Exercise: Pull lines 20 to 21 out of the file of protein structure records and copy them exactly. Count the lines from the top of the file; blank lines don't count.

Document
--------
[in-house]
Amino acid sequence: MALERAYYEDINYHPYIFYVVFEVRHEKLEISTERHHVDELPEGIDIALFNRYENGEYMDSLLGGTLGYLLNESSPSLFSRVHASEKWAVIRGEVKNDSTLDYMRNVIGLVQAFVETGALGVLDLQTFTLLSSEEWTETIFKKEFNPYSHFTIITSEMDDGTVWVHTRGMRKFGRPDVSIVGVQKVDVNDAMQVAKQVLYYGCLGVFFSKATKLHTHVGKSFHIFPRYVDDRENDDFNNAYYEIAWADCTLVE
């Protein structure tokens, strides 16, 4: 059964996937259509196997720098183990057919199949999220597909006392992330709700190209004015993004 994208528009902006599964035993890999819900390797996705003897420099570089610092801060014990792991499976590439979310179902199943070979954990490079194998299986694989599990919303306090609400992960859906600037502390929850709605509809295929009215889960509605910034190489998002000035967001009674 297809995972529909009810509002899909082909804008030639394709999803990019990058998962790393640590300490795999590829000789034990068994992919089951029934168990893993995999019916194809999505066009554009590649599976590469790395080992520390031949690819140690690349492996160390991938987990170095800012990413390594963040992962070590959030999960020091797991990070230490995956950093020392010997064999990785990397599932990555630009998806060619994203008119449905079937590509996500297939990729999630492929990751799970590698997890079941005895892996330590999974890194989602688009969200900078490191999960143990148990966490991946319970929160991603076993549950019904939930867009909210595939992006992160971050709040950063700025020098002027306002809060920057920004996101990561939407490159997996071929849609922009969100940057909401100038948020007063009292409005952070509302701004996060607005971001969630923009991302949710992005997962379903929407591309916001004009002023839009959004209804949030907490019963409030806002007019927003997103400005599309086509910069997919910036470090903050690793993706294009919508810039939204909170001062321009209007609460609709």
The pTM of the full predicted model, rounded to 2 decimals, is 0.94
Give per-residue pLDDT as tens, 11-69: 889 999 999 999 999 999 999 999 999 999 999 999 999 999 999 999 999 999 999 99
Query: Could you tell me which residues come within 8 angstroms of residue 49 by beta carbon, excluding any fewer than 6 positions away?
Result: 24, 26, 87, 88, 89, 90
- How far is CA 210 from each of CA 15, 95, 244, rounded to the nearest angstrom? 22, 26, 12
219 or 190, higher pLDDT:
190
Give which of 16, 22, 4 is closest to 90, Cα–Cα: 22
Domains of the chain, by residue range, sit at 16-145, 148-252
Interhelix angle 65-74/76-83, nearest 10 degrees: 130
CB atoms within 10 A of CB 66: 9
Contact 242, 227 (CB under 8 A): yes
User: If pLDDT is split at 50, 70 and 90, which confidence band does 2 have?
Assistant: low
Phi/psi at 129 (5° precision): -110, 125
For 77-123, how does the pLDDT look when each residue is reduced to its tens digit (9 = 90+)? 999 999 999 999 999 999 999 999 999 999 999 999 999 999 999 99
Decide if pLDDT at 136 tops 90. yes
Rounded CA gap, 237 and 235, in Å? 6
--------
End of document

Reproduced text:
Decide if pLDDT at 136 tops 90. yes
Rounded CA gap, 237 and 235, in Å? 6